Grace Gallery Fine Art: Touted as an “art gallery and urban patio,” Grace Gallery presents three floors of art and events every month. Their “urban patio” includes a wishing well fountain and enough space to hang out during the warmer months. Mainly, catch the most art and artists on First Fridays and for Third Friday Collector’s Night. Expect to see landscape paintings, some abstract paintings, photography and a few other mediums. Everything is displayed salon-style.
Sante Fe General
Chicano Humanities and Arts Council Gallery: This serves as the mainstay for Chicano/Latino art in Denver, with vibrant and diverse works that show off the culture.
Kanon Collective: Artist-owned and operated, Kanon Collective uses its gallery space to display the work of local artists. All profits from art sales go entirely to the artist responsible, making this a great choice for supporting local talent and keeping it around. Because the artists are in charge, the exhibitions differ in style and organization depending on the artist displaying. Typically, Kanon Collective showcases colorful and contemporary art, though the mediums are always changing.
Denver Art Society Cooperative: The goal of Denver Art Society centers on bolstering a creative community for people of all ages. With open public discussions on topics like local opportunities, upcoming events and general announcements (or complaints), artists or art lovers are encouraged to attend and join in on the dialogue. This is a great place to start for emerging art-lovers who are intimidated by the more serious galleries.
Prism Workspaces: Not located directly on Santa Fe but near enough to include in the neighborhood, Prism Workspaces house 62 individual “creative units” that are studios for a big variety of artistic mediums. For artists, Prism stays open 24 hours. As a visitor though, you can stop by during regular business hours to see work from many different artists — including furniture designers, fashion designers, painters, light and technology experts and more. First Fridays offer the prime time to visit Prism and meet the most artists.
In an area known for punk bars, thrift stores and restaurants, the galleries of South Broadway shine. Perhaps it’s because they have less competition than RiNo or Art District on Santa Fe, but whatever the reason, each of these spots is a must-see for die-hard locals. Stop by during an opening reception to see each gallery packed to the brim, or stop in on a calm weekday afternoon and talk with the owners or docents.
South Broadway Contemporary Art
Gildar Gallery: Started in 2012, Gildar Gallery works hard to cultivate careers of emerging contemporary artists, as well as maintaining the power of historical figures in art. Though the curatorial efforts of Adam Gildar are often impactful, the gallery reaches out to other curators and galleries to bolster their exhibitions occasionally. Gildar Gallery might be small (expect under 30 works to be shown at any given time), but the art tends to hold heavy messages and big dreams.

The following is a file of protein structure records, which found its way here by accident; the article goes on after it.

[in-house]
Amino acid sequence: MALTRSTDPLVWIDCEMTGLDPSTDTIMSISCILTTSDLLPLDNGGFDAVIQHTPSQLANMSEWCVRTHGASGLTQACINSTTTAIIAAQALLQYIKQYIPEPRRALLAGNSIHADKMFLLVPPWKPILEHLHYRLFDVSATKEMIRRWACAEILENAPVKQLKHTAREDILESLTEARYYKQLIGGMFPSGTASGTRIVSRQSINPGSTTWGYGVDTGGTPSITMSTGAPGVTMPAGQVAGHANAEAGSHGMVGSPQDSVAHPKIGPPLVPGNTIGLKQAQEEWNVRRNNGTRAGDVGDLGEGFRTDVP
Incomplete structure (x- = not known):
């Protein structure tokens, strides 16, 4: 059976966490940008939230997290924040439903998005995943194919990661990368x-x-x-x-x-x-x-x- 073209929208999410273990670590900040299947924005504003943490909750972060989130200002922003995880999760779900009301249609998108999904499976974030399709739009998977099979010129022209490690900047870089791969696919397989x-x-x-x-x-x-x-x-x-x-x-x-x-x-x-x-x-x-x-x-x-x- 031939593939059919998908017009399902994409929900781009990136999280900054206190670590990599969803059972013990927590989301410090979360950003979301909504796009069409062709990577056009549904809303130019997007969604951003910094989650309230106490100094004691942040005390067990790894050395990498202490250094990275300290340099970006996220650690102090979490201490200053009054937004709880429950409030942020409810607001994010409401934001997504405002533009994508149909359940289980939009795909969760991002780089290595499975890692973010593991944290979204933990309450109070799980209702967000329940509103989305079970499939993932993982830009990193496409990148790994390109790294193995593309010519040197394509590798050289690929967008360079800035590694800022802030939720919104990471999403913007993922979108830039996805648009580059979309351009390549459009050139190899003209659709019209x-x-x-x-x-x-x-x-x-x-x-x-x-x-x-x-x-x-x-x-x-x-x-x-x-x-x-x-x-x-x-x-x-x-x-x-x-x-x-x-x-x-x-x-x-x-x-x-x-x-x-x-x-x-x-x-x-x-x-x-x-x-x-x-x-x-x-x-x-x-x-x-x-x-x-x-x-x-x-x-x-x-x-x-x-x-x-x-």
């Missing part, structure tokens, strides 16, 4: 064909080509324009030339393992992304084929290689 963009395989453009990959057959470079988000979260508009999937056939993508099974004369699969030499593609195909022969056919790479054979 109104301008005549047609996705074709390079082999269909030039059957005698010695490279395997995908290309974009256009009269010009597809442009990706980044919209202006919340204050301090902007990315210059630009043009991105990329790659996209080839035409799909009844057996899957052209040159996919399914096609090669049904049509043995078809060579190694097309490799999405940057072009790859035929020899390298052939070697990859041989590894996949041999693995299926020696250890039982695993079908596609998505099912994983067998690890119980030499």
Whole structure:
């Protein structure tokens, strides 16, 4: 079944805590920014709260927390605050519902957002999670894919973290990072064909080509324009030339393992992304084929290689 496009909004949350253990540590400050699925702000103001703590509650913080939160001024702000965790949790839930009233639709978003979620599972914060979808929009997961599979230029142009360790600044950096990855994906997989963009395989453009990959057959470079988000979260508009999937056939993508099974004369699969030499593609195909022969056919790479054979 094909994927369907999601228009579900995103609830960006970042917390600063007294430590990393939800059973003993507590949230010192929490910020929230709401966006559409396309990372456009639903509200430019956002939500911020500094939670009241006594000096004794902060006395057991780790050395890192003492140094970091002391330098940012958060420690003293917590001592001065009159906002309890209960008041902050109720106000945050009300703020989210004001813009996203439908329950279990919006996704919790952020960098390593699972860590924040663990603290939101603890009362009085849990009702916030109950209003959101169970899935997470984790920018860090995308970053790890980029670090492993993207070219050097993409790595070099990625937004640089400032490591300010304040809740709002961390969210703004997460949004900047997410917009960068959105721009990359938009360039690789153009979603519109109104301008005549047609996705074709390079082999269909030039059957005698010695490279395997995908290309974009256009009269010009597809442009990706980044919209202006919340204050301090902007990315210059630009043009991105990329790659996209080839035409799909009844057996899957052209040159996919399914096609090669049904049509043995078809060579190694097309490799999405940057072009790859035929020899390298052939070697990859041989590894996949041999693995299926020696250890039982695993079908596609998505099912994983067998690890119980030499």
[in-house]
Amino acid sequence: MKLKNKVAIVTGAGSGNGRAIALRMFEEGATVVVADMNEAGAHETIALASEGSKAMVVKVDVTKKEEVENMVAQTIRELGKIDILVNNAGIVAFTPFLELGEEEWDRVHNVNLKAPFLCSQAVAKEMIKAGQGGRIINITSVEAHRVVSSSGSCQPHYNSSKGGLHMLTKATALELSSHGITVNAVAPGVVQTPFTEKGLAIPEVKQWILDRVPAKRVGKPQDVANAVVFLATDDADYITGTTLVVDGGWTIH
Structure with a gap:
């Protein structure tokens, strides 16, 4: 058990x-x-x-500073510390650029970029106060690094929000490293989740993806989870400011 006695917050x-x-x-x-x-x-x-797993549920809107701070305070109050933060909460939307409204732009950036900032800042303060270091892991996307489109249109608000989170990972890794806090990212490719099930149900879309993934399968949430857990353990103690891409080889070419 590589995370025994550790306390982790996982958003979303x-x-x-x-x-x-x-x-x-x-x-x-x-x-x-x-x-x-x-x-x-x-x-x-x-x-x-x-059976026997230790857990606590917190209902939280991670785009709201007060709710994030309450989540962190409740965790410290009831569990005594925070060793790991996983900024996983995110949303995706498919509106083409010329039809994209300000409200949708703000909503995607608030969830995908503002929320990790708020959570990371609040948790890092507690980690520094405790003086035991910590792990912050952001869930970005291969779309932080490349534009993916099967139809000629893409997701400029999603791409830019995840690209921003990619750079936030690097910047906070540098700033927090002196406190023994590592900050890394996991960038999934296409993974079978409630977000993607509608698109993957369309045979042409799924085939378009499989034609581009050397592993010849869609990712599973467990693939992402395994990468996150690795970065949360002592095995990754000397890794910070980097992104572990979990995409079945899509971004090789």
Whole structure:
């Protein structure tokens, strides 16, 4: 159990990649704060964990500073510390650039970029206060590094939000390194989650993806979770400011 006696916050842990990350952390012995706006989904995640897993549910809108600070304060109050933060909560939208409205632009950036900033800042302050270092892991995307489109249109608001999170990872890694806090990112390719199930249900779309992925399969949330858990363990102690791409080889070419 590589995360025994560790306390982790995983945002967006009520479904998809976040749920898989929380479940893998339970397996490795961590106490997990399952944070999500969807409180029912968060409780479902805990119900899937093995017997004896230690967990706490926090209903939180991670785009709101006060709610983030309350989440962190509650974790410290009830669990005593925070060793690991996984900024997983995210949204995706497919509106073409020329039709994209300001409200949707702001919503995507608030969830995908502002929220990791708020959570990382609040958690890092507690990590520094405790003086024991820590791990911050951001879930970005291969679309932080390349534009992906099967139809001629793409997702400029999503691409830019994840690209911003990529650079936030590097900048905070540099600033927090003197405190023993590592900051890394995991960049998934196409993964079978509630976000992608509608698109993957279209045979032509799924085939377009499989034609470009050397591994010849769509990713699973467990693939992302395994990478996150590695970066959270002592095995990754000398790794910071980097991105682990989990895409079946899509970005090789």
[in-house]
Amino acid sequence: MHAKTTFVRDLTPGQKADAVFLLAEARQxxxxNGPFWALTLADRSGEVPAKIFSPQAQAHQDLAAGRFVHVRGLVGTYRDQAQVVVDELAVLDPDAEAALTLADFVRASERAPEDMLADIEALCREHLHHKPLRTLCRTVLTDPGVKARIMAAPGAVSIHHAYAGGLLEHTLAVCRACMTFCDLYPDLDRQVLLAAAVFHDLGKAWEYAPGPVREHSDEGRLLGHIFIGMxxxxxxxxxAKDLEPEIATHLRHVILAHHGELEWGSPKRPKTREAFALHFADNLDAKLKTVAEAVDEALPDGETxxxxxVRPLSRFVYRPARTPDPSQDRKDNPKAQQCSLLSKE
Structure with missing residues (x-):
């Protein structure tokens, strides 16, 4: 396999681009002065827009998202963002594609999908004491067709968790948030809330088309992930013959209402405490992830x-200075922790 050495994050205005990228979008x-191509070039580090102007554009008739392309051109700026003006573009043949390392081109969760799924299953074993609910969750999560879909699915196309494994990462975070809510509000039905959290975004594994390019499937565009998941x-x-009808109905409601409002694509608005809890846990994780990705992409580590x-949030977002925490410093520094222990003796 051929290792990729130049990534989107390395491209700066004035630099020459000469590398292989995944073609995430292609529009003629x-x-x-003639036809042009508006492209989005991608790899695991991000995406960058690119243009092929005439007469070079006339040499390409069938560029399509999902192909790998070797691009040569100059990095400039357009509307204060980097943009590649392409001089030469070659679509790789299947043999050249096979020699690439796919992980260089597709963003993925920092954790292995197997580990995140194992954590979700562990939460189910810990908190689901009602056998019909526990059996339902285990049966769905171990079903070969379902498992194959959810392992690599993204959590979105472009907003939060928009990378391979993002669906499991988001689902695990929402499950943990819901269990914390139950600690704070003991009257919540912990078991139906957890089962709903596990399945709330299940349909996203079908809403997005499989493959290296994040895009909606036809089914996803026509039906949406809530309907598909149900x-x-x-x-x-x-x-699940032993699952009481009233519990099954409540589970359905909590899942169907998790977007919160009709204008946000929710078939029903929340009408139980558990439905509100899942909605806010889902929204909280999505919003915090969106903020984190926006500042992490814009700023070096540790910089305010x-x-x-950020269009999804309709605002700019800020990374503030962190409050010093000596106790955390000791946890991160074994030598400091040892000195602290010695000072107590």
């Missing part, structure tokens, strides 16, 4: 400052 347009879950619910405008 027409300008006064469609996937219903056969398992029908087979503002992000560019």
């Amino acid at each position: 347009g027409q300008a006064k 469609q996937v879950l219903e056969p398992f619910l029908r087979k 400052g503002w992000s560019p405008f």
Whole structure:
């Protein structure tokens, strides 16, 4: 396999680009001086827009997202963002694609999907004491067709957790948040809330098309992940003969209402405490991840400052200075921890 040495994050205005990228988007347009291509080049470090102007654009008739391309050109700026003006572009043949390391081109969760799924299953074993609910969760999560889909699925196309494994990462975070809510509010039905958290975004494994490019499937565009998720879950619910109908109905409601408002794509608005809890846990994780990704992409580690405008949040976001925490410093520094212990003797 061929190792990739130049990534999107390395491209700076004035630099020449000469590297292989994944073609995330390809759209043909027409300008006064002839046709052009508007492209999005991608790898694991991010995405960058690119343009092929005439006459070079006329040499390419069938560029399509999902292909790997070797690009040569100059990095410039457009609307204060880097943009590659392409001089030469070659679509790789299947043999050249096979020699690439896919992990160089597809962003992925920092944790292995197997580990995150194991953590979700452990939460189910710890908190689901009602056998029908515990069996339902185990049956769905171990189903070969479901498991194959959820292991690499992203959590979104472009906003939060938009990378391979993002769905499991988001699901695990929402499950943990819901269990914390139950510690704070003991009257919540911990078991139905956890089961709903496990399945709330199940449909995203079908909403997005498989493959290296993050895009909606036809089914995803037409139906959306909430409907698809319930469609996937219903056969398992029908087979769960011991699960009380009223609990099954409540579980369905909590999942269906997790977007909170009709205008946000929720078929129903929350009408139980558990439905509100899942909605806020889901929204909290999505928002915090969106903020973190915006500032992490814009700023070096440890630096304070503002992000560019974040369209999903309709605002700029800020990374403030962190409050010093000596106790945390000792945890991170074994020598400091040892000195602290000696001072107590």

Black Book Gallery: Tom Horne and Will Suitts founded Black Book Gallery in 2010 and it has grown into one of the most popular contemporary galleries in Denver. The relationships Horne and Suitts create with artists, both local and national, provide a consistency that is often missed in galleries who don’t have resident artists or studios. Most of the exhibitions at Black Book Gallery do a commendable job at selling the art, and more than once an opening reception has nearly sold out of pieces before the night is over.
Melon Gallery: Owned and operated by artists Annie Carlson and Victor Machado, Melon Gallery doubles as a live-in space. Rotating exhibitions feature contemporary artists in solo and group format.
South Broadway Traditional Art
Barbara Froula Collection: Appealing to those who love history, architecture and the landscape of cities, Barbara Froula’s paintings depict her travels and love of different places around the country and world. Her Denver collection includes paintings of the skyline as well as specific areas in the city.
Open Press.: A studio for printmakers, Open Press also serves as a space to showcase the printmakers both emerging and established. Started by master printmaker Mark Lunning almost 30 years ago, the gallery and studio have seen hundreds of artists throughout the years. It’s a no-brainer to stop by for those interested in the art of printmaking.